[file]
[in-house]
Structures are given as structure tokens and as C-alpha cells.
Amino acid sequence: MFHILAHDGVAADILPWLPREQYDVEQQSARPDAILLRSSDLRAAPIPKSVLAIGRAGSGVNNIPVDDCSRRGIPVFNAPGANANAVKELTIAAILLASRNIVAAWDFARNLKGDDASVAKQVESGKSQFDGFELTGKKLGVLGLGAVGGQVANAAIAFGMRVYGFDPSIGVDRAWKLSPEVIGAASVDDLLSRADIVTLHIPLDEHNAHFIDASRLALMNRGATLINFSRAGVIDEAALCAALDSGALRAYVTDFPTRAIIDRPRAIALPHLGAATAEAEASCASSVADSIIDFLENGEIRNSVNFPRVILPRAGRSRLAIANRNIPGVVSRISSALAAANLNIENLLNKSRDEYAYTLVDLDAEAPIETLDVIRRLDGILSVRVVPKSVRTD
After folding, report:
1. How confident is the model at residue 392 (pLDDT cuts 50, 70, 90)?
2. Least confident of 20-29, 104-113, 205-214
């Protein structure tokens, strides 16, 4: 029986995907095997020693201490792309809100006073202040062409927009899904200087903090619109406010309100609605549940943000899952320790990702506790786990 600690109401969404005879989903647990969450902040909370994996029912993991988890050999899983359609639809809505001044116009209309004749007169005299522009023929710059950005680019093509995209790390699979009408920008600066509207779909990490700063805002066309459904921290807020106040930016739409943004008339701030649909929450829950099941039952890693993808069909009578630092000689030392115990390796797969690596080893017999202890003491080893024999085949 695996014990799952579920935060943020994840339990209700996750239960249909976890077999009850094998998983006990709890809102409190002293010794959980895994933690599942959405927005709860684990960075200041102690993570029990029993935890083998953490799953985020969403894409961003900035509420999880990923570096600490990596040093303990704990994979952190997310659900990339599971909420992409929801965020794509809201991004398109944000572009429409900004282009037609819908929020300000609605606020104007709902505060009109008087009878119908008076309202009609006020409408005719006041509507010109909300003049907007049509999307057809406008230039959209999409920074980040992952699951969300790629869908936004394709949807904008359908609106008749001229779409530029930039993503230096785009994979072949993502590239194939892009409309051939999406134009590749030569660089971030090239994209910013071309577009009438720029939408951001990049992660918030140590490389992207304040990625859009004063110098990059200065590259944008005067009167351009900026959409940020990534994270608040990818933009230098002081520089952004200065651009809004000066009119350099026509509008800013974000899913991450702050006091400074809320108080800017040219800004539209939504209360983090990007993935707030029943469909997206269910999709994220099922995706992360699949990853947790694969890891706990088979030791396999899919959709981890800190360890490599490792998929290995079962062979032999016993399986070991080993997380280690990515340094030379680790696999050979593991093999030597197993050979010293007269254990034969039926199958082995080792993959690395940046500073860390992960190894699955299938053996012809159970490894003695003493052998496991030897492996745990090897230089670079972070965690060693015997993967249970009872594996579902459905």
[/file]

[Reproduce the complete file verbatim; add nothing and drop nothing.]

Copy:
[in-house]
Structures are given as structure tokens and as C-alpha cells.
Amino acid sequence: MFHILAHDGVAADILPWLPREQYDVEQQSARPDAILLRSSDLRAAPIPKSVLAIGRAGSGVNNIPVDDCSRRGIPVFNAPGANANAVKELTIAAILLASRNIVAAWDFARNLKGDDASVAKQVESGKSQFDGFELTGKKLGVLGLGAVGGQVANAAIAFGMRVYGFDPSIGVDRAWKLSPEVIGAASVDDLLSRADIVTLHIPLDEHNAHFIDASRLALMNRGATLINFSRAGVIDEAALCAALDSGALRAYVTDFPTRAIIDRPRAIALPHLGAATAEAEASCASSVADSIIDFLENGEIRNSVNFPRVILPRAGRSRLAIANRNIPGVVSRISSALAAANLNIENLLNKSRDEYAYTLVDLDAEAPIETLDVIRRLDGILSVRVVPKSVRTD
After folding, report:
1. How confident is the model at residue 392 (pLDDT cuts 50, 70, 90)?
2. Least confident of 20-29, 104-113, 205-214
């Protein structure tokens, strides 16, 4: 029986995907095997020693201490792309809100006073202040062409927009899904200087903090619109406010309100609605549940943000899952320790990702506790786990 600690109401969404005879989903647990969450902040909370994996029912993991988890050999899983359609639809809505001044116009209309004749007169005299522009023929710059950005680019093509995209790390699979009408920008600066509207779909990490700063805002066309459904921290807020106040930016739409943004008339701030649909929450829950099941039952890693993808069909009578630092000689030392115990390796797969690596080893017999202890003491080893024999085949 695996014990799952579920935060943020994840339990209700996750239960249909976890077999009850094998998983006990709890809102409190002293010794959980895994933690599942959405927005709860684990960075200041102690993570029990029993935890083998953490799953985020969403894409961003900035509420999880990923570096600490990596040093303990704990994979952190997310659900990339599971909420992409929801965020794509809201991004398109944000572009429409900004282009037609819908929020300000609605606020104007709902505060009109008087009878119908008076309202009609006020409408005719006041509507010109909300003049907007049509999307057809406008230039959209999409920074980040992952699951969300790629869908936004394709949807904008359908609106008749001229779409530029930039993503230096785009994979072949993502590239194939892009409309051939999406134009590749030569660089971030090239994209910013071309577009009438720029939408951001990049992660918030140590490389992207304040990625859009004063110098990059200065590259944008005067009167351009900026959409940020990534994270608040990818933009230098002081520089952004200065651009809004000066009119350099026509509008800013974000899913991450702050006091400074809320108080800017040219800004539209939504209360983090990007993935707030029943469909997206269910999709994220099922995706992360699949990853947790694969890891706990088979030791396999899919959709981890800190360890490599490792998929290995079962062979032999016993399986070991080993997380280690990515340094030379680790696999050979593991093999030597197993050979010293007269254990034969039926199958082995080792993959690395940046500073860390992960190894699955299938053996012809159970490894003695003493052998496991030897492996745990090897230089670079972070965690060693015997993967249970009872594996579902459905």